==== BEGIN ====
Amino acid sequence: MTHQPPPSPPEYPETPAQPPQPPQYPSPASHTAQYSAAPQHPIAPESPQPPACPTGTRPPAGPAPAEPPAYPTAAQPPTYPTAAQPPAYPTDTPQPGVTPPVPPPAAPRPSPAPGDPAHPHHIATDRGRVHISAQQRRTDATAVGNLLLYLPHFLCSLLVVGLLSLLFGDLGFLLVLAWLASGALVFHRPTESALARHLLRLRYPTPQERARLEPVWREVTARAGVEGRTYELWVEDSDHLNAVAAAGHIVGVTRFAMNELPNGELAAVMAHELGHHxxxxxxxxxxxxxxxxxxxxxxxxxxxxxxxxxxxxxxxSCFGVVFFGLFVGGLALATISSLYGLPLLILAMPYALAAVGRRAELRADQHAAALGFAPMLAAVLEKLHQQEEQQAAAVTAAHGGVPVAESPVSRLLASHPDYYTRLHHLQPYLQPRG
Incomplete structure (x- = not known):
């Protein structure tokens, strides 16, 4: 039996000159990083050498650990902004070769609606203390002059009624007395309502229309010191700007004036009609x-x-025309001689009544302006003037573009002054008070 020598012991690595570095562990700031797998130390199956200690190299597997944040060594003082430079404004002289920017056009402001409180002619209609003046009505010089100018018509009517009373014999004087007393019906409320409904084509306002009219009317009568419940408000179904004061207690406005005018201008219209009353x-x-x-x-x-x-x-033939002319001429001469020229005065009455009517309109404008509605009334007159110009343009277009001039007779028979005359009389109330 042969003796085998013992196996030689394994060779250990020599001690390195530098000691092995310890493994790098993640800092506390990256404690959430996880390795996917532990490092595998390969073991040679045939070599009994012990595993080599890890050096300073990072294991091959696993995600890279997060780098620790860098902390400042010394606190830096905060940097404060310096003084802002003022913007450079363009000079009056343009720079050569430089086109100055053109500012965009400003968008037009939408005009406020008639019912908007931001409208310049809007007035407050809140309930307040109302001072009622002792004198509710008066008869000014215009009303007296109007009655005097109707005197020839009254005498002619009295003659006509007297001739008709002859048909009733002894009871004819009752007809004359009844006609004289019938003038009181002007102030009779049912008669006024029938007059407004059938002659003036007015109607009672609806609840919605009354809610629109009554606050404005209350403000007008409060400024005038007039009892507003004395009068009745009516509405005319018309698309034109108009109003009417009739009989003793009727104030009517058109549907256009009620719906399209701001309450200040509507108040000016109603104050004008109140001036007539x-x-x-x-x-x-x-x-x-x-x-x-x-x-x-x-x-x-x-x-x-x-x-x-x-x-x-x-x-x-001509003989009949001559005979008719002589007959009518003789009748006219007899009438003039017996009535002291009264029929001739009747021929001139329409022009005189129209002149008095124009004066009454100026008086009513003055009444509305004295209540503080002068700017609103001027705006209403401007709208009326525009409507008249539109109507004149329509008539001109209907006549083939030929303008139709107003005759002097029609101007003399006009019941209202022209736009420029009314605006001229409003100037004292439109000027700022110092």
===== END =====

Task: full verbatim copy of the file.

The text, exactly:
Amino acid sequence: MTHQPPPSPPEYPETPAQPPQPPQYPSPASHTAQYSAAPQHPIAPESPQPPACPTGTRPPAGPAPAEPPAYPTAAQPPTYPTAAQPPAYPTDTPQPGVTPPVPPPAAPRPSPAPGDPAHPHHIATDRGRVHISAQQRRTDATAVGNLLLYLPHFLCSLLVVGLLSLLFGDLGFLLVLAWLASGALVFHRPTESALARHLLRLRYPTPQERARLEPVWREVTARAGVEGRTYELWVEDSDHLNAVAAAGHIVGVTRFAMNELPNGELAAVMAHELGHHxxxxxxxxxxxxxxxxxxxxxxxxxxxxxxxxxxxxxxxSCFGVVFFGLFVGGLALATISSLYGLPLLILAMPYALAAVGRRAELRADQHAAALGFAPMLAAVLEKLHQQEEQQAAAVTAAHGGVPVAESPVSRLLASHPDYYTRLHHLQPYLQPRG
Incomplete structure (x- = not known):
């Protein structure tokens, strides 16, 4: 039996000159990083050498650990902004070769609606203390002059009624007395309502229309010191700007004036009609x-x-025309001689009544302006003037573009002054008070 020598012991690595570095562990700031797998130390199956200690190299597997944040060594003082430079404004002289920017056009402001409180002619209609003046009505010089100018018509009517009373014999004087007393019906409320409904084509306002009219009317009568419940408000179904004061207690406005005018201008219209009353x-x-x-x-x-x-x-033939002319001429001469020229005065009455009517309109404008509605009334007159110009343009277009001039007779028979005359009389109330 042969003796085998013992196996030689394994060779250990020599001690390195530098000691092995310890493994790098993640800092506390990256404690959430996880390795996917532990490092595998390969073991040679045939070599009994012990595993080599890890050096300073990072294991091959696993995600890279997060780098620790860098902390400042010394606190830096905060940097404060310096003084802002003022913007450079363009000079009056343009720079050569430089086109100055053109500012965009400003968008037009939408005009406020008639019912908007931001409208310049809007007035407050809140309930307040109302001072009622002792004198509710008066008869000014215009009303007296109007009655005097109707005197020839009254005498002619009295003659006509007297001739008709002859048909009733002894009871004819009752007809004359009844006609004289019938003038009181002007102030009779049912008669006024029938007059407004059938002659003036007015109607009672609806609840919605009354809610629109009554606050404005209350403000007008409060400024005038007039009892507003004395009068009745009516509405005319018309698309034109108009109003009417009739009989003793009727104030009517058109549907256009009620719906399209701001309450200040509507108040000016109603104050004008109140001036007539x-x-x-x-x-x-x-x-x-x-x-x-x-x-x-x-x-x-x-x-x-x-x-x-x-x-x-x-x-x-001509003989009949001559005979008719002589007959009518003789009748006219007899009438003039017996009535002291009264029929001739009747021929001139329409022009005189129209002149008095124009004066009454100026008086009513003055009444509305004295209540503080002068700017609103001027705006209403401007709208009326525009409507008249539109109507004149329509008539001109209907006549083939030929303008139709107003005759002097029609101007003399006009019941209202022209736009420029009314605006001229409003100037004292439109000027700022110092």